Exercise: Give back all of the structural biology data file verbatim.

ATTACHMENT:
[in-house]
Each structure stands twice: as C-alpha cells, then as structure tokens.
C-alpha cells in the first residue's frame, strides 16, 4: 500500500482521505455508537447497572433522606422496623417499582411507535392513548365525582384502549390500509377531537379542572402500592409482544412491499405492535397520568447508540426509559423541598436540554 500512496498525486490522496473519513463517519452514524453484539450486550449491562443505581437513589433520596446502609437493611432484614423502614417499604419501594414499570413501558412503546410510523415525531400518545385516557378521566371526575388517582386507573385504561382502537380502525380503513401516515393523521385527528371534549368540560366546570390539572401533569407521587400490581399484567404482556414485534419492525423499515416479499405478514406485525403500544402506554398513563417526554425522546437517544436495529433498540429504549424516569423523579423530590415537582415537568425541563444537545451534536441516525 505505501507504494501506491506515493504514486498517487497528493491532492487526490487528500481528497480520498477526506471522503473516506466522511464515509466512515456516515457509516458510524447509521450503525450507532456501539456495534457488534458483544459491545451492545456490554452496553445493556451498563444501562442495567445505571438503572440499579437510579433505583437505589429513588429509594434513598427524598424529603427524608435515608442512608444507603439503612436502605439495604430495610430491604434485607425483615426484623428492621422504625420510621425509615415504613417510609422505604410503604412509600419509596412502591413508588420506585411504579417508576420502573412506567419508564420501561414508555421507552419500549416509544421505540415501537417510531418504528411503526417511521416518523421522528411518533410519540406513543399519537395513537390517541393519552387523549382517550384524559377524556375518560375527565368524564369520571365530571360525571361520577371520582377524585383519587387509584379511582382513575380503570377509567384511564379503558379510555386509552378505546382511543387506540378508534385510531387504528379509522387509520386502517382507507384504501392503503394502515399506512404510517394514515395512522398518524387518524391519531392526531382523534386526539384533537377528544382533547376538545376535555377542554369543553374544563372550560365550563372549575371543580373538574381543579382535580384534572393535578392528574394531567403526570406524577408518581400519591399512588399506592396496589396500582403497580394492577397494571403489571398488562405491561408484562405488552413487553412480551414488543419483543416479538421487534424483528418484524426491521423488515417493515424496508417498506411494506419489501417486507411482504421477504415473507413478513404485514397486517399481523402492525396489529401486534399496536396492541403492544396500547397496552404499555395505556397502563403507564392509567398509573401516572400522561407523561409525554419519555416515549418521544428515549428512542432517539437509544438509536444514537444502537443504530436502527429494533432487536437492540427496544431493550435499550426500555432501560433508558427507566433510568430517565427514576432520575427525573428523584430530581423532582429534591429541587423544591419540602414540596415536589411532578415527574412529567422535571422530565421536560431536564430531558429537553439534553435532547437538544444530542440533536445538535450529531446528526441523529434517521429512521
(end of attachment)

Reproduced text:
[in-house]
Each structure stands twice: as C-alpha cells, then as structure tokens.
C-alpha cells in the first residue's frame, strides 16, 4: 500500500482521505455508537447497572433522606422496623417499582411507535392513548365525582384502549390500509377531537379542572402500592409482544412491499405492535397520568447508540426509559423541598436540554 500512496498525486490522496473519513463517519452514524453484539450486550449491562443505581437513589433520596446502609437493611432484614423502614417499604419501594414499570413501558412503546410510523415525531400518545385516557378521566371526575388517582386507573385504561382502537380502525380503513401516515393523521385527528371534549368540560366546570390539572401533569407521587400490581399484567404482556414485534419492525423499515416479499405478514406485525403500544402506554398513563417526554425522546437517544436495529433498540429504549424516569423523579423530590415537582415537568425541563444537545451534536441516525 505505501507504494501506491506515493504514486498517487497528493491532492487526490487528500481528497480520498477526506471522503473516506466522511464515509466512515456516515457509516458510524447509521450503525450507532456501539456495534457488534458483544459491545451492545456490554452496553445493556451498563444501562442495567445505571438503572440499579437510579433505583437505589429513588429509594434513598427524598424529603427524608435515608442512608444507603439503612436502605439495604430495610430491604434485607425483615426484623428492621422504625420510621425509615415504613417510609422505604410503604412509600419509596412502591413508588420506585411504579417508576420502573412506567419508564420501561414508555421507552419500549416509544421505540415501537417510531418504528411503526417511521416518523421522528411518533410519540406513543399519537395513537390517541393519552387523549382517550384524559377524556375518560375527565368524564369520571365530571360525571361520577371520582377524585383519587387509584379511582382513575380503570377509567384511564379503558379510555386509552378505546382511543387506540378508534385510531387504528379509522387509520386502517382507507384504501392503503394502515399506512404510517394514515395512522398518524387518524391519531392526531382523534386526539384533537377528544382533547376538545376535555377542554369543553374544563372550560365550563372549575371543580373538574381543579382535580384534572393535578392528574394531567403526570406524577408518581400519591399512588399506592396496589396500582403497580394492577397494571403489571398488562405491561408484562405488552413487553412480551414488543419483543416479538421487534424483528418484524426491521423488515417493515424496508417498506411494506419489501417486507411482504421477504415473507413478513404485514397486517399481523402492525396489529401486534399496536396492541403492544396500547397496552404499555395505556397502563403507564392509567398509573401516572400522561407523561409525554419519555416515549418521544428515549428512542432517539437509544438509536444514537444502537443504530436502527429494533432487536437492540427496544431493550435499550426500555432501560433508558427507566433510568430517565427514576432520575427525573428523584430530581423532582429534591429541587423544591419540602414540596415536589411532578415527574412529567422535571422530565421536560431536564430531558429537553439534553435532547437538544444530542440533536445538535450529531446528526441523529434517521429512521